The Michigan Legislature passed so many bills in so little time before rushing off to its summer recess earlier this month that journalists, and we suspect some legislators as well, could barely keep track of what was going on. After the dust cleared, it became apparent that legislators had pushed through some far-reaching actions - some positive, some negative - affecting public schools in Michigan. Here are a few that caught our attention.

- Narrowing the funding gap. The $13.9 billion school aid package provided K-12 schools a 4 percent increase in funding, but not everyone is getting the same boost. All districts will receive at least a $50 increase in per-pupil funding, but lower-funded districts will get as much as $175 more than last year. That’s good news for the Holland-Zeeland area, where most of the public school districts are at or near the state minimum in per-pupil funding. Eliminating the wide gap in funding between school districts was supposed to be addressed by Proposal A, adopted back in 1994, but two decades later, disparities still persist. The new school aid bill narrows the gap between the top and bottom districts from $973 to $848 per student, a step in the right direction.

- Weakening the Michigan Merit Curriculum. Score one for supporters of weaker graduation standards in Michigan. The rigorous Michigan Merit Curriculum has been under fire ever since it was adopted eight years ago from critics who think our state’s students aren’t capable of handling challenging classes. Bills passed this month would let students substitute career training courses such as welding and agricultural science for academic courses such as algebra 2 and physics. They also cut the foreign language requirement from two classes to one, and allow it to be taken before high school. The purpose of the Michigan Merit Curriculum was to give every student an education that prepares him or her to go to college, if that’s the course they want to pursue, or a job in the modern knowledge-based economy. The latest legislation, if it’s signed into law, would deprive many students of those opportunities. This retreat from educational rigor would be a sad development for Michigan, and if Gov. Rick Snyder is serious about raising educational standards, he should veto this legislation.

- Longer school year. Included in the school aid bill is a provision requiring Michigan public schools to offer at least 180 days of instruction by 2016-17, up from the current 175 days. Lengthening the school year has been a priority of ours for some time, since it’s repeated instruction, not longer class periods, that really help students master important concepts. Michigan dropped its day requirement in 2003-04 in favor of a requirement of a minimum of 1,098 hours of instruction, and many school districts reduced the number of school days from 180 to less than 170 to save money on transportation and utilities. A return to the 180-day school year should improve education and bring Michigan back to the U.S. standard, even though our school year will continue to be much shorter than those in Asian and European countries whose students regularly outperform ours.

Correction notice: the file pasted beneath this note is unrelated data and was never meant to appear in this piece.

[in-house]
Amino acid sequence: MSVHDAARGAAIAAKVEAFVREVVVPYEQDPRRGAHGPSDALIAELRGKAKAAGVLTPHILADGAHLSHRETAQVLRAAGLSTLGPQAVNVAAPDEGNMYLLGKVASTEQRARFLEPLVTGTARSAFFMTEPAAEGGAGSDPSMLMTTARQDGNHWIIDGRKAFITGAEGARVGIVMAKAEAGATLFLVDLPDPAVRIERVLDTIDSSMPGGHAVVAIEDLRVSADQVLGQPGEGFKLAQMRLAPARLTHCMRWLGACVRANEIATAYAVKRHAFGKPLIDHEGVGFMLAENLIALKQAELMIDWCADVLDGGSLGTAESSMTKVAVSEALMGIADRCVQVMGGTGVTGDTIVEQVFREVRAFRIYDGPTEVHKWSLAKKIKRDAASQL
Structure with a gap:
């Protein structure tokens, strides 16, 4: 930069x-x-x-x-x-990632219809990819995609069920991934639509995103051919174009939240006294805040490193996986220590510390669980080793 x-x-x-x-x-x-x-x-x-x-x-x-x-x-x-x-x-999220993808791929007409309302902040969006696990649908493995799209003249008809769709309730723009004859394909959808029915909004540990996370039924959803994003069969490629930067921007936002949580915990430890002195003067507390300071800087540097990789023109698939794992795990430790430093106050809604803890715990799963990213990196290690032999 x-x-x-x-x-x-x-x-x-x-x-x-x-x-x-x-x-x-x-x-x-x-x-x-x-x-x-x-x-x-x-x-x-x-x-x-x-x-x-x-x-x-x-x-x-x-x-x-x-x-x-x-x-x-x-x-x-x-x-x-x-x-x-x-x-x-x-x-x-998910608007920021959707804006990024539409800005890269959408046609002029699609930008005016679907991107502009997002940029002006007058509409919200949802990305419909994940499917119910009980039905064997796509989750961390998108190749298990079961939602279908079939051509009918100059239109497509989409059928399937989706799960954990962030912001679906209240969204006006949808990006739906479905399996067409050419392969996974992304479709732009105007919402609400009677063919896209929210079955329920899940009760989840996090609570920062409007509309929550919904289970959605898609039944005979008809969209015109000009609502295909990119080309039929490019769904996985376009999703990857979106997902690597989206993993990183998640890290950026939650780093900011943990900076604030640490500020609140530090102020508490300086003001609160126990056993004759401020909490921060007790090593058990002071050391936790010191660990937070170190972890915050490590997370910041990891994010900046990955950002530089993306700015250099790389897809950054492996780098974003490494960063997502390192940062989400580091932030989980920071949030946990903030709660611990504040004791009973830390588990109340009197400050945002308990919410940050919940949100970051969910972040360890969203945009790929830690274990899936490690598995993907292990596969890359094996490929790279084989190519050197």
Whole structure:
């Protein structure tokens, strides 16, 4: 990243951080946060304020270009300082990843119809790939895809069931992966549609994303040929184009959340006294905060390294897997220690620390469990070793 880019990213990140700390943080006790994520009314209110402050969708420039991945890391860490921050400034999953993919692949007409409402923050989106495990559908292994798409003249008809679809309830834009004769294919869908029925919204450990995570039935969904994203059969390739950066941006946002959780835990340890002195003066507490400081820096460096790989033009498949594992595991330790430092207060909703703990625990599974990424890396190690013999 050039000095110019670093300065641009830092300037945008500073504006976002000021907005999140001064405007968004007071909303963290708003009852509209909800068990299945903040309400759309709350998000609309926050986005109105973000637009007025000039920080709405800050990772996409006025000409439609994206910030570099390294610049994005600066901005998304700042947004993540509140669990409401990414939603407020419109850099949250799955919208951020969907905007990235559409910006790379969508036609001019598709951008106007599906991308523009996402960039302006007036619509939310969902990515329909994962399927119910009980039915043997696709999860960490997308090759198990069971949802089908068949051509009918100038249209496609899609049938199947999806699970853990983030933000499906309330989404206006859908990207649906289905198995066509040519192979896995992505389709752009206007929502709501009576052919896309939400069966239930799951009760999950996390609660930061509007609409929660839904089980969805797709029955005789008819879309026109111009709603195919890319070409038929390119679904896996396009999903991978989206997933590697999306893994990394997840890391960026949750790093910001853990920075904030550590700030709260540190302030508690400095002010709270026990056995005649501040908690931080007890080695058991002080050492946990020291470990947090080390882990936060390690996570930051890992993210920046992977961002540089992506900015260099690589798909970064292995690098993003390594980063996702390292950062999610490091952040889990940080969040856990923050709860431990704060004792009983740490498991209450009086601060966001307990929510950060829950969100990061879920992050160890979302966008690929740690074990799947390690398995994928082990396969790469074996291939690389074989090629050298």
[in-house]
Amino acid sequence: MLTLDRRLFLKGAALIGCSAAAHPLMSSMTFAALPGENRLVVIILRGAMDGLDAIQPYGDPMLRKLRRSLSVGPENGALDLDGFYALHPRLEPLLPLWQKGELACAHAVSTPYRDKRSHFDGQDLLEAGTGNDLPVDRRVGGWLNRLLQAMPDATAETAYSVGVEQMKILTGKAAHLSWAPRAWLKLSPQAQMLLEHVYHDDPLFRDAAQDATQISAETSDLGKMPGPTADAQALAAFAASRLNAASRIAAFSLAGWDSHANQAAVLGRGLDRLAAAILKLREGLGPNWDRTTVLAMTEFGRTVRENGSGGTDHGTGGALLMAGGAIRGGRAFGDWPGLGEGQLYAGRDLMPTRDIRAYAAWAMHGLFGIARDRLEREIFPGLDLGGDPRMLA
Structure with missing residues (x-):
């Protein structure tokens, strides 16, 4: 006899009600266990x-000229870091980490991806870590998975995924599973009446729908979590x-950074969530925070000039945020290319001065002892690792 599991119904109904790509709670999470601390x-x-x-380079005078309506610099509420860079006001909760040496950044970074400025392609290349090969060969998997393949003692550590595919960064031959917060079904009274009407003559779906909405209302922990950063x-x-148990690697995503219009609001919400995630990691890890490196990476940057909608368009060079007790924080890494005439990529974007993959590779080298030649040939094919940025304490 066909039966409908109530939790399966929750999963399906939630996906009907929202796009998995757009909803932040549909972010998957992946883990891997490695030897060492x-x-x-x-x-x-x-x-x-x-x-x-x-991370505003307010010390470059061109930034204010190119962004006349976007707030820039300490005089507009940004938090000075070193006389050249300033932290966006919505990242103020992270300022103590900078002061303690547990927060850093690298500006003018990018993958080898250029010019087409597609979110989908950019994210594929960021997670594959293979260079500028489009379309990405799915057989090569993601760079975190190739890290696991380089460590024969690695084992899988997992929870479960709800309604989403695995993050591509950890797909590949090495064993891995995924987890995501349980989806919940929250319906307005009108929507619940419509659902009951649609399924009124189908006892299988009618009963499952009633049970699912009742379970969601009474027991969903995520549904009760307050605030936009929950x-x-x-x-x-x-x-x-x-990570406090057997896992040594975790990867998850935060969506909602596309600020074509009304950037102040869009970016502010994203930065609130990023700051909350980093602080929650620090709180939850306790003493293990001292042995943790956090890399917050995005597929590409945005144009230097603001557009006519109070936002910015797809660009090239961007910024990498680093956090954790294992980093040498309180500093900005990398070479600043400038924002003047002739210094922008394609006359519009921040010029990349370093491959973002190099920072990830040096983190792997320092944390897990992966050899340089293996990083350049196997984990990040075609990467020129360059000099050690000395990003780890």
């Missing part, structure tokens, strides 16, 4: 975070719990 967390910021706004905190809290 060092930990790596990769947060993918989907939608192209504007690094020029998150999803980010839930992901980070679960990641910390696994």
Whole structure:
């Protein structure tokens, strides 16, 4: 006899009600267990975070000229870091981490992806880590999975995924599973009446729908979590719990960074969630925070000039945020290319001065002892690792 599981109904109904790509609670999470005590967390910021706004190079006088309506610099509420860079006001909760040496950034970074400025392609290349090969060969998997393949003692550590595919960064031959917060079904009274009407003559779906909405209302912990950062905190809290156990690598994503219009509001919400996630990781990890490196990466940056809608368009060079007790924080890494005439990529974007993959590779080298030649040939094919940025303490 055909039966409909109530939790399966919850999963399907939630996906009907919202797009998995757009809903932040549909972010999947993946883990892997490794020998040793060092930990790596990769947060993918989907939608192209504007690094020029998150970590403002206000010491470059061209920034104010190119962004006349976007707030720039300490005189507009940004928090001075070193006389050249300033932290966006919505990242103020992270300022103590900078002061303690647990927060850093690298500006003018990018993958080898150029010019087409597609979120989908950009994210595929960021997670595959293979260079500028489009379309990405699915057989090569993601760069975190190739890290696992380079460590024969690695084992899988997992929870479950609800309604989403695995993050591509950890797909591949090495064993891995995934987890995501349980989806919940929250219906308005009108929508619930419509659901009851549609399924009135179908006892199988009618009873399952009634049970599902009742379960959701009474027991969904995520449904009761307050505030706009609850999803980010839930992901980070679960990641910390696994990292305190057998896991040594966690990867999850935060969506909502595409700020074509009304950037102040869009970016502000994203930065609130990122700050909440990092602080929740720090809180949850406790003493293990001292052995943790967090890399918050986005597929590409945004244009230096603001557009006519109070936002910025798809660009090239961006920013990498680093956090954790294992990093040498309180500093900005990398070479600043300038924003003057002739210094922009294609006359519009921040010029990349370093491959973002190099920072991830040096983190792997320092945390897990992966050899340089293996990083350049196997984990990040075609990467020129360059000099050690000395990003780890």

- The MEAP survives. Gov. Snyder, state education officials and non-conspiratorially minded legislators overcame objections to Michigan adopting the Common Core school standards. But the critics - including conservatives who view Common Core as a backdoor route to federal control of public schools and liberals who consider it a plot by Bill Gates for a corporate takeover - mounted a successful rearguard effort to block use of the Smarter Balanced test, the national assessment tool designed to measure how well students are meeting the new standards. Before recessing, the Legislature instructed the Department of Education to use the MEAP, which the department has been trying to retire, for another year and tweak it to mesh with Common Core. That’s easier said than done, given the complexity of designing a standardized test for use next spring. So now Michigan has new school standards without any way to measure how students are faring and how they compare with their peers in other states. This makes no sense. Perhaps a majority of legislators prefer not to know how Michigan students stack up, but we’d like to know the truth. This is a provision of the school aid budget where Gov. Snyder should exercise his line-item veto.